Politics on Sunday – May, NHS funding and Brexit
The Sunday Political shows were dominated by a pre-recorded interview with Theresa May – the main feature on the Andrew Marr show.
The big news was the Prime Minister announcing plans to give the NHS more funding. May said the funding was to secure the future of the health service, and claimed it would be ‘about £600m a week more, in cash’ after mentioning the slogan on the side of that Brexit bus that said £350 million more will be available. May said the money would partly come from the Brexit dividend and the country will have to contribute the rest; meaning a rise in tax. Marr pointed out that this amount of funding is not what a lot of people say the NHS needs; May responded by saying NHS England Chief, Simon Stevens, backs the plan. Marr said the historic annual increase is 3.7% and this funding is below that.
Marr asked the Prime Minister about the vote on the EU Withdrawal Bill and if she can be trusted due to the confusion among her own MPs about what was promised. May is aware of the concerns from Parliament about the way the Bill was going through Parliament. She said that Parliament cannot control what the Government can do and it should not try to overrule the vote by the public on membership of the EU. There was also a discussion around trade – May made the point that leaving the EU is about adding to the trade we already do with the EU and having our own trade policy.
Reaction from the Labour Party was not in short supply. Emily Thornberry said the commitments towards the NHS are not costed. Marr asked Thornberry whether it was enough money for the NHS; she did not directly answer, instead talking about social care and how less funding for social care means more demand for the NHS to deal with it, and the two cannot be separated.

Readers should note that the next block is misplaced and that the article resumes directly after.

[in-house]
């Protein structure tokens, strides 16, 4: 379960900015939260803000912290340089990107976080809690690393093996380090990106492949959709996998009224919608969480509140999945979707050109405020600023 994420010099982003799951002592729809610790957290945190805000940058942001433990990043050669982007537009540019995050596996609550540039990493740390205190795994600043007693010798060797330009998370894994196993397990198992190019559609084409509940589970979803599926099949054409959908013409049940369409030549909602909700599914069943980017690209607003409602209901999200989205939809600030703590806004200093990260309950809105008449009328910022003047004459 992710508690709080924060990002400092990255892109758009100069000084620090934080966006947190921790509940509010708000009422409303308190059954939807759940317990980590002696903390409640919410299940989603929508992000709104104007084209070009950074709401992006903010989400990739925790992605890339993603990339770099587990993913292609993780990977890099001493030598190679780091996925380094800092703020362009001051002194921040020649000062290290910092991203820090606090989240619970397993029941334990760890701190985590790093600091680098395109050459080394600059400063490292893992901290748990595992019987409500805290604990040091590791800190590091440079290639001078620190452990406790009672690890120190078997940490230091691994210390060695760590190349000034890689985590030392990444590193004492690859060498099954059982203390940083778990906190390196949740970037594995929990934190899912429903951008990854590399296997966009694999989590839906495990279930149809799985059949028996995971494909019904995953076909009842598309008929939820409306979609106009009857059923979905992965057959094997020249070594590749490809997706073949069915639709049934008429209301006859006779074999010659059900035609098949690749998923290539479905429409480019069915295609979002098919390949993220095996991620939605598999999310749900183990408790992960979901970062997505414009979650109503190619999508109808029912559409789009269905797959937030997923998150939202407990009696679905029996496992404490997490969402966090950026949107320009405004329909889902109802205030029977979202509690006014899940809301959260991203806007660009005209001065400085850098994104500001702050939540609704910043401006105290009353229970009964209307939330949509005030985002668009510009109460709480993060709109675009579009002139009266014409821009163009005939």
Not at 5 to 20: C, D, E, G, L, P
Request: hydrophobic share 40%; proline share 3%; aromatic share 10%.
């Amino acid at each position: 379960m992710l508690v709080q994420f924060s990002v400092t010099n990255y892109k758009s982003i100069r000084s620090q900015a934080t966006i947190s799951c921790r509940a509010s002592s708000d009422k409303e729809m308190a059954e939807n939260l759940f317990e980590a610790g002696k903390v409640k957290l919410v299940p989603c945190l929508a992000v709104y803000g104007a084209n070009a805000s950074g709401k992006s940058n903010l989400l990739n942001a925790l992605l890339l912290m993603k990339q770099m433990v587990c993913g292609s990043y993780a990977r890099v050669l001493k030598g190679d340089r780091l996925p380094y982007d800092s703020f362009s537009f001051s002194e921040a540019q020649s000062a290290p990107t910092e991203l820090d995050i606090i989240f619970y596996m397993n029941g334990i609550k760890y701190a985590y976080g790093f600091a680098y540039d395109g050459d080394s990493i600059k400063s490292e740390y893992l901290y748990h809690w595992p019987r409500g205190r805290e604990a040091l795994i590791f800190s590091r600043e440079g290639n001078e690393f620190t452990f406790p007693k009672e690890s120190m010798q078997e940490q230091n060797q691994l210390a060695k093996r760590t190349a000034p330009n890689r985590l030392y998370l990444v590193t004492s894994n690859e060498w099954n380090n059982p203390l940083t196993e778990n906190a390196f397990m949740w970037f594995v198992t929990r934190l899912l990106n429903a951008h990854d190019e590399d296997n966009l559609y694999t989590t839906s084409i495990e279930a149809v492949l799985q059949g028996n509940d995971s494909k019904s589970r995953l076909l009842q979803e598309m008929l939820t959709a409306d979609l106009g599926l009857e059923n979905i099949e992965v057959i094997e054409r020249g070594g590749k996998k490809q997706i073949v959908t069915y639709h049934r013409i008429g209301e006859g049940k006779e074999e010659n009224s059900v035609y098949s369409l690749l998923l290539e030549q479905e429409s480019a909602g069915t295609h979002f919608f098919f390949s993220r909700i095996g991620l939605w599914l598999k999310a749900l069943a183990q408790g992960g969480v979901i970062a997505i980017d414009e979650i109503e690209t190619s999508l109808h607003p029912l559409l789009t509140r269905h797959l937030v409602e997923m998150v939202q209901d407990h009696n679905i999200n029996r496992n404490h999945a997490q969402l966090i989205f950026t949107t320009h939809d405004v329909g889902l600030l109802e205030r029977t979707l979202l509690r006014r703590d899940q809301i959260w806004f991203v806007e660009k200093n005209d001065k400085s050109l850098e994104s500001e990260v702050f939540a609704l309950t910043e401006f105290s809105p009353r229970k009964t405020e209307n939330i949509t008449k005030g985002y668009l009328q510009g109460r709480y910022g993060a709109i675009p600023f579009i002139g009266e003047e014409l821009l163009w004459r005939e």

What Marr was suggesting was that the Conservatives are now putting more money into the NHS than Labour pledged. This was pointed out to Shadow Health Secretary, Jonathan Ashworth, by Sarah Smith on Sunday Politics after he claimed it was not enough money. Ashworth responded by saying Labour was also going to invest in social care and will match whatever the Government is putting forward.
Thornberry was also asked about Donald Trump and she reiterated her remarks calling the President of the United States ‘an asteroid of awfulness’. Marr pointed out that Thornberry could one day be the Foreign Secretary and this is not the language she should be using, saying Thornberry had criticised Boris Johnson for talking loosely and that is what she is doing.
Fresh from his decision to resign last week, Phillip Lee was interviewed by Sophie Ridge. He said he had been contemplating the decision for weeks and it was all about Parliament having a say on Brexit. Lee said he is in Parliament to represent the best interests of his constituents and he must do what he thinks is right. Lee said he told the Prime Minister before he announced his resignation. Ridge attempted to dig deeper into the decision Lee made, as he was the only person to resign over this issue in the Government. In the vote he abstained and she asked if it was worth it. Lee said he feels he has moved the Government on the issue.
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